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The Wow O’ Rivven
by [?]

Her brother was very fond of a rather small, but ferocious-looking bull-dog, which followed close at his heels, wherever he went, with hanging head and slouching gait, never leaping or racing about like other dogs. When in the house, he always lay under his master’s chair. He seemed to dislike Elsie, and she felt an unspeakable repugnance to him. Though she never mentioned her aversion, her brother easily saw it by the way in which she avoided the animal; and attributing it entirely to fear–which indeed had a great share in the matter–he would cruelly aggravate it, by telling her stories of the fierce hardihood and relentless persistency of this kind of animal. He dared not yet further increase her terror by offering to set the creature upon her, because it was doubtful whether he might be able to restrain him; but the mental suffering which he occasioned by this heartless conduct, and for which he had no sympathy, was as severe as many bodily sufferings to which he would have been sorry to subject her. Whenever the poor girl happened inadvertently to pass near the dog, which was seldom, a low growl made her aware of his proximity, and drove her to a quick retreat. He was, in fact, the animal impersonation of the animal opposition which she had continually to endure. Like chooses like; and the bulldog in her brother made choice of the bull-dog out of him for his companion. So her day was one of shrinking fear and multiform discomfort.

But a nature capable of so much distress, must of necessity be capable of a corresponding amount of pleasure; and in her case this was manifest in the fact that sleep and the quiet of her own room restored her wonderfully. If she were only let alone, a calm mood, filled with images of pleasure, soon took possession of her mind.

Her acquaintance with the fool had commenced some ten years previous to the time I write of, when she was quite a little girl, and had come from the country with her brother, who, having taken a small farm close to the town, preferred residing in the town to occupying the farmhouse, which was not comfortable. She looked at first with some terror on his uncouth appearance, and with much wonderment on his strange dress. This wonder was heightened by a conversation she overheard one day in the street, between the fool and a little pale-faced boy, who, approaching him respectfully, said, “Weel, cornel!” “Weel, laddie!” was the reply. “Fat dis the wow say, cornel?” “Come hame, come hame!” answered the colonel, with both accent and quantity heaped on the word hame. What the wow could be, she had no idea; only, as the years passed on, the strange word became in her mind indescribably associated with the strange shape in yellow cloth on his sleeves. Had she been a native of the town, she could not have failed to know its import, so familiar was every one with it, although it did not belong to the local vocabulary; but, as it was, years passed away before she discovered its meaning. And when, again and again, the fool, attempting to convey his gratitude for some kindness she had shown him mumbled over the words–“The wow o’ Rivven–the wow o’ Rivven,” the wonder would return as to what could be the idea associated with them in his mind, but she made no advance towards their explanation.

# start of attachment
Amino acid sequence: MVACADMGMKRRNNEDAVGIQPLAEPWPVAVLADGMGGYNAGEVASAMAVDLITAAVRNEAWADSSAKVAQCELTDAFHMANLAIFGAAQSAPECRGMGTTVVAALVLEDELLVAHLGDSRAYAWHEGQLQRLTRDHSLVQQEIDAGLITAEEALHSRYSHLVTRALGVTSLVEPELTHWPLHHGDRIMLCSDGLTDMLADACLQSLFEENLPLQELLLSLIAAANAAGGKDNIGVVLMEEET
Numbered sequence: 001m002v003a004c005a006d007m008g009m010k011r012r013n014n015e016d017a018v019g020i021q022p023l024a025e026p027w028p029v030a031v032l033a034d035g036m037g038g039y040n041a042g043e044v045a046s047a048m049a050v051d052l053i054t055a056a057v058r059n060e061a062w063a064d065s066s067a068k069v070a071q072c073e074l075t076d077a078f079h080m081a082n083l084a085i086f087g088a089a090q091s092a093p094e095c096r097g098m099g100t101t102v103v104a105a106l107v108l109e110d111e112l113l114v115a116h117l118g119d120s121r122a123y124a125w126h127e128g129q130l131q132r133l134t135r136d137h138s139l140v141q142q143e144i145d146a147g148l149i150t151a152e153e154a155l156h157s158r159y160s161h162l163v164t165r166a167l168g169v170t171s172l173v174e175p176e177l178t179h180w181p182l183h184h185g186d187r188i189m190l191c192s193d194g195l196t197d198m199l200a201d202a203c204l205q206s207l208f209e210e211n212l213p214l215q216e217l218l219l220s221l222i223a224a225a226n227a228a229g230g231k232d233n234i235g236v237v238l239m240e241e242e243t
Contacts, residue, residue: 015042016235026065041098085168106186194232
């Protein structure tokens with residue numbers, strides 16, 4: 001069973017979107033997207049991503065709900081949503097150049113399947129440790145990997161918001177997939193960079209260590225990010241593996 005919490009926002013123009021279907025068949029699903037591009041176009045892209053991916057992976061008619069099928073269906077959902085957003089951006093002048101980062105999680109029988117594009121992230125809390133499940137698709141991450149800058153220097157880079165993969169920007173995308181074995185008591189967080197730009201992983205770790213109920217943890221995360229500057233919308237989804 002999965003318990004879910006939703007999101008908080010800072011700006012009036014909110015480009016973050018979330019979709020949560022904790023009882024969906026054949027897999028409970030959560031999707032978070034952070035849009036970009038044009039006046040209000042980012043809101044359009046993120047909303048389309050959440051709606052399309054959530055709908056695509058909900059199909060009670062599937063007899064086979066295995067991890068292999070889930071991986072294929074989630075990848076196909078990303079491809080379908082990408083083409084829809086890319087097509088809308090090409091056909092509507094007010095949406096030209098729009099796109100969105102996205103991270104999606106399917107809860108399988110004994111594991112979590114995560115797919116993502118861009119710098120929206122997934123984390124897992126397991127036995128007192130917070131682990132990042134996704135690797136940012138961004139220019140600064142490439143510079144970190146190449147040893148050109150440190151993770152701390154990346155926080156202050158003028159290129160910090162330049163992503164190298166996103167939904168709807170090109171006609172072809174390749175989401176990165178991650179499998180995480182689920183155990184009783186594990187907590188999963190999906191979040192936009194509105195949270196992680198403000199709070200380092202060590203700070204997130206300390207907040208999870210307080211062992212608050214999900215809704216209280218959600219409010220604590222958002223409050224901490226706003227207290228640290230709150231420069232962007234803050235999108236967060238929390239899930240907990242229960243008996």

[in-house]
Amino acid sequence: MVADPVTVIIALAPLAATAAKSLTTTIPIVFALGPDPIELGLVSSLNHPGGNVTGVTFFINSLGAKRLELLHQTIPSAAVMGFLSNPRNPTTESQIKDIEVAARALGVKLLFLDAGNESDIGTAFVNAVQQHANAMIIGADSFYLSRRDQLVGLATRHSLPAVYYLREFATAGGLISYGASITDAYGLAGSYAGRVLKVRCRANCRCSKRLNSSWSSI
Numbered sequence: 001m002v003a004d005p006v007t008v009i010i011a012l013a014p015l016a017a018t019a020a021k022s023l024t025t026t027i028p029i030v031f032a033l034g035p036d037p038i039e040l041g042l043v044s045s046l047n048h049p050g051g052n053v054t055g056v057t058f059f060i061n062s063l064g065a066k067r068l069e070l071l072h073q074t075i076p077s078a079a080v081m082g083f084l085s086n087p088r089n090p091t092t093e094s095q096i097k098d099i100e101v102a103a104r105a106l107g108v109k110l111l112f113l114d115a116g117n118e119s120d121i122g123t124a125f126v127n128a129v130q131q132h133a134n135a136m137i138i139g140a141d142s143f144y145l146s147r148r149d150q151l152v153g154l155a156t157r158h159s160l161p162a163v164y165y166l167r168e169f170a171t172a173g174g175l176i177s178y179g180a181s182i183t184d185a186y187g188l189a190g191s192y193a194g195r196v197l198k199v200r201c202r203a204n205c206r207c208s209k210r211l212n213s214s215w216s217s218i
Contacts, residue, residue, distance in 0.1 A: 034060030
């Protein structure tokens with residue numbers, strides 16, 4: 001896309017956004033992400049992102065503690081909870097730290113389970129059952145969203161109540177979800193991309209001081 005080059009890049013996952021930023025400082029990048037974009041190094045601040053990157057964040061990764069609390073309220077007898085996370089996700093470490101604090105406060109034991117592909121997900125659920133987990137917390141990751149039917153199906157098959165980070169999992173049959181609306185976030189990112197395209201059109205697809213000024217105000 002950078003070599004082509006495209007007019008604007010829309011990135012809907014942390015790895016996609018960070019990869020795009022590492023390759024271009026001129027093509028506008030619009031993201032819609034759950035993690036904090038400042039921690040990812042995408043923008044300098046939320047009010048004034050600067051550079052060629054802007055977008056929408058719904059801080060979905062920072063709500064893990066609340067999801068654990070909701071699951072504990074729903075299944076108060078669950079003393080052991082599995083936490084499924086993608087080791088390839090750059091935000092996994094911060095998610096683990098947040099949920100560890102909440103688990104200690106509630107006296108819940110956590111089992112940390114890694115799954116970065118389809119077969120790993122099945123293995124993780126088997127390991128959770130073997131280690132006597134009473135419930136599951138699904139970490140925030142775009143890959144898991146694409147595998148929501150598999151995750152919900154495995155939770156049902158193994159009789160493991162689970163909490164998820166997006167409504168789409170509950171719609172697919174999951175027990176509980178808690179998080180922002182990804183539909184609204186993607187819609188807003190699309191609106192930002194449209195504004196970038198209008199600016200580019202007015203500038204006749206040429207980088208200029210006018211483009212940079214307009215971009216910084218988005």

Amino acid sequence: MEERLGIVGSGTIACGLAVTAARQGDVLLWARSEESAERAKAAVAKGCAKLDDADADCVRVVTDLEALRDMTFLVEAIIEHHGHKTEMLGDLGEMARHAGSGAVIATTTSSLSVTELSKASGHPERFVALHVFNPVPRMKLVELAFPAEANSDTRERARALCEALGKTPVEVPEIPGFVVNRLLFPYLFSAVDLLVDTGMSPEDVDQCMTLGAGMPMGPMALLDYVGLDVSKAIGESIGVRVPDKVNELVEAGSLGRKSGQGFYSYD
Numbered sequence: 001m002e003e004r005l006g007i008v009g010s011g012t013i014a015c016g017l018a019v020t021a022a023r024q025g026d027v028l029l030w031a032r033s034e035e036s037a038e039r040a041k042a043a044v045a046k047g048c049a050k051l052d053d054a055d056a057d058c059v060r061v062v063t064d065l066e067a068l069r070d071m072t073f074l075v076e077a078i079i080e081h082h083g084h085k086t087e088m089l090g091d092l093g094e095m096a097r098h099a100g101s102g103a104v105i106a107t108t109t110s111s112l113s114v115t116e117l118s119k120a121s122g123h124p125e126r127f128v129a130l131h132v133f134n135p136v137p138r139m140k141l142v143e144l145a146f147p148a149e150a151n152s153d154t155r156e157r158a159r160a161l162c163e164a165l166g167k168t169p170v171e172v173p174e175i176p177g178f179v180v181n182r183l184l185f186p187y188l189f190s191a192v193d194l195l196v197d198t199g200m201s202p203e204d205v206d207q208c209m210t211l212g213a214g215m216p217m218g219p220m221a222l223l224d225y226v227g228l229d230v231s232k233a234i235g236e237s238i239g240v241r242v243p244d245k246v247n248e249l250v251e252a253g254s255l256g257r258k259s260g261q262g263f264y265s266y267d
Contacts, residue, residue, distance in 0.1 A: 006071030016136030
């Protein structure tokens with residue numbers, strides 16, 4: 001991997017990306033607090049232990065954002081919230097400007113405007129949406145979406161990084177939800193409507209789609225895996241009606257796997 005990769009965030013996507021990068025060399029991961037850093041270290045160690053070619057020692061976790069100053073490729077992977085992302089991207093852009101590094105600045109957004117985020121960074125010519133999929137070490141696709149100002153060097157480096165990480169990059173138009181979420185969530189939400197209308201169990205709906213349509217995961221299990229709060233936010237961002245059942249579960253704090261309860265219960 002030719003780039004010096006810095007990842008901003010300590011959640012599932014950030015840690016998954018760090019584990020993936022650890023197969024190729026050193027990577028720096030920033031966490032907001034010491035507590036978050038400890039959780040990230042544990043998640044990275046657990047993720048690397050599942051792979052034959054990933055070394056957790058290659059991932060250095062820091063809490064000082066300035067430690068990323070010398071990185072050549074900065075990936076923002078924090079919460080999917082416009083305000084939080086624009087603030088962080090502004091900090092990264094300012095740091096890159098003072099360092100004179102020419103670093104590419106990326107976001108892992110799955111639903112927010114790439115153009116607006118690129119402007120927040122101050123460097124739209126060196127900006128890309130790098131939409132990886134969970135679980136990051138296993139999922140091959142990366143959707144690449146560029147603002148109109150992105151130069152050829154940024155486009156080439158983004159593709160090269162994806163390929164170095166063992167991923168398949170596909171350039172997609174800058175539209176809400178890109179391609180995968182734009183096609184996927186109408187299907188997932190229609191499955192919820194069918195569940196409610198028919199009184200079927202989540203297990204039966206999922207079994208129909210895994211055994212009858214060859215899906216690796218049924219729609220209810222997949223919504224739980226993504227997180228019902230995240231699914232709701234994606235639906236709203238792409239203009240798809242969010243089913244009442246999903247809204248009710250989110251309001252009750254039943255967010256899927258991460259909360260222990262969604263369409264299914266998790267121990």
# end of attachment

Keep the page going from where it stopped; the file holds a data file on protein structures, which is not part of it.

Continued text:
That, however, which most attracted her to the old man, was his persecution by the children. They were to him what the bull-dog was to her–the constant source of irritation and annoyance. They could hardly hurt him, nor did he appear to dread other injury from them than insult, to which, fool though he was, he was keenly alive. Human gadflies that they were! they sometimes stung him beyond endurance, and he would curse them in the impotence of his anger. Once or twice Elsie had been so far carried beyond her constitutional timidity, by sympathy for the distress of her friend, that she had gone out and talked to the boys–even scolded them, so that they slunk away ashamed, and began to stand as much in dread of her as of the clutches of their prey. So she, gentle and timid to excess, acquired among them the reputation of a termagant. Popular opinion among children, as among men, is of ten just, but as often very unjust; for the same manifestations may proceed from opposite principles; and, therefore, as indices to character, may mislead as often as enlighten.